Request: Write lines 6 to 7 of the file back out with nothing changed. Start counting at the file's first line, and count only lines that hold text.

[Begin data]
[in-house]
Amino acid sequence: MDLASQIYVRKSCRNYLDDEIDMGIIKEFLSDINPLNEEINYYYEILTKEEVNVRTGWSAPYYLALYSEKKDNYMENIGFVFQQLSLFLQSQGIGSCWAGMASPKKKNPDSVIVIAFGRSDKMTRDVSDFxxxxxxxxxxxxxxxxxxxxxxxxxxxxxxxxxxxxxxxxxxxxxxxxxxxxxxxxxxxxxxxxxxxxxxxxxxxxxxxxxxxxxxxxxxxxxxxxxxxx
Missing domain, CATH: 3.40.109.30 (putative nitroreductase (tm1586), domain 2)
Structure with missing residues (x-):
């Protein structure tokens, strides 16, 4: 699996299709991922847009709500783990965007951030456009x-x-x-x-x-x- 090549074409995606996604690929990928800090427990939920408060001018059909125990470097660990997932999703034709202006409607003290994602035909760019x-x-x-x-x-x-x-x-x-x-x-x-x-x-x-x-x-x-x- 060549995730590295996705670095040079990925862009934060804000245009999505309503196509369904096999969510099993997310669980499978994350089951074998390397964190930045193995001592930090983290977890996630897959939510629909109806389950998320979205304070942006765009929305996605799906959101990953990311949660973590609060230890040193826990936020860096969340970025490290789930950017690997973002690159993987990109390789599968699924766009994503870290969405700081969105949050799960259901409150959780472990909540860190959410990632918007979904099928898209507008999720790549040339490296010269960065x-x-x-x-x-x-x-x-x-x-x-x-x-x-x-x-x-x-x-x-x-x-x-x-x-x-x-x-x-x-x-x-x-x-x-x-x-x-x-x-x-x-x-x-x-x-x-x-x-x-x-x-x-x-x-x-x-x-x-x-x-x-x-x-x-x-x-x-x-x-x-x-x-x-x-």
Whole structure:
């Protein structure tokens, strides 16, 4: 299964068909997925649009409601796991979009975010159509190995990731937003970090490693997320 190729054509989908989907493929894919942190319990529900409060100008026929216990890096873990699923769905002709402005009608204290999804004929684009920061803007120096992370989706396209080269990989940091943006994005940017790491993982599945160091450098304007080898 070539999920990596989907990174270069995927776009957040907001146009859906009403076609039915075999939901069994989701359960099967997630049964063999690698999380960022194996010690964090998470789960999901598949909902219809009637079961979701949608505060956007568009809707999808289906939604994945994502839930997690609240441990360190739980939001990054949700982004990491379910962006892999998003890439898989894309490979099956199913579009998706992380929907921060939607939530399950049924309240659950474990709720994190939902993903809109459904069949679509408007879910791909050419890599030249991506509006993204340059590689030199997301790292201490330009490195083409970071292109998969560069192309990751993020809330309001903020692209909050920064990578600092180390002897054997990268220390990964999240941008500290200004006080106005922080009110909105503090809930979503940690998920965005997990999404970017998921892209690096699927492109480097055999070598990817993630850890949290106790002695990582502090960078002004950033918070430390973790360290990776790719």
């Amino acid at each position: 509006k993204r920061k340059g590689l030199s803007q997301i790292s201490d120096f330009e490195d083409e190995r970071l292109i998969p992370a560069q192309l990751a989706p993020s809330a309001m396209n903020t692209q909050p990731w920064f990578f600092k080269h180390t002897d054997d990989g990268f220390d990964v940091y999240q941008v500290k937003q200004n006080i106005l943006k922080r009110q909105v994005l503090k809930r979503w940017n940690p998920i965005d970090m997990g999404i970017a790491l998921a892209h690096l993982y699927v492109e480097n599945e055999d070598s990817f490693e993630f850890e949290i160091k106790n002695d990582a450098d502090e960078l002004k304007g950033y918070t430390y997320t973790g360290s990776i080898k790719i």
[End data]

Whole structure:
């Protein structure tokens, strides 16, 4: 299964068909997925649009409601796991979009975010159509190995990731937003970090490693997320 190729054509989908989907493929894919942190319990529900409060100008026929216990890096873990699923769905002709402005009608204290999804004929684009920061803007120096992370989706396209080269990989940091943006994005940017790491993982599945160091450098304007080898 070539999920990596989907990174270069995927776009957040907001146009859906009403076609039915075999939901069994989701359960099967997630049964063999690698999380960022194996010690964090998470789960999901598949909902219809009637079961979701949608505060956007568009809707999808289906939604994945994502839930997690609240441990360190739980939001990054949700982004990491379910962006892999998003890439898989894309490979099956199913579009998706992380929907921060939607939530399950049924309240659950474990709720994190939902993903809109459904069949679509408007879910791909050419890599030249991506509006993204340059590689030199997301790292201490330009490195083409970071292109998969560069192309990751993020809330309001903020692209909050920064990578600092180390002897054997990268220390990964999240941008500290200004006080106005922080009110909105503090809930979503940690998920965005997990999404970017998921892209690096699927492109480097055999070598990817993630850890949290106790002695990582502090960078002004950033918070430390973790360290990776790719």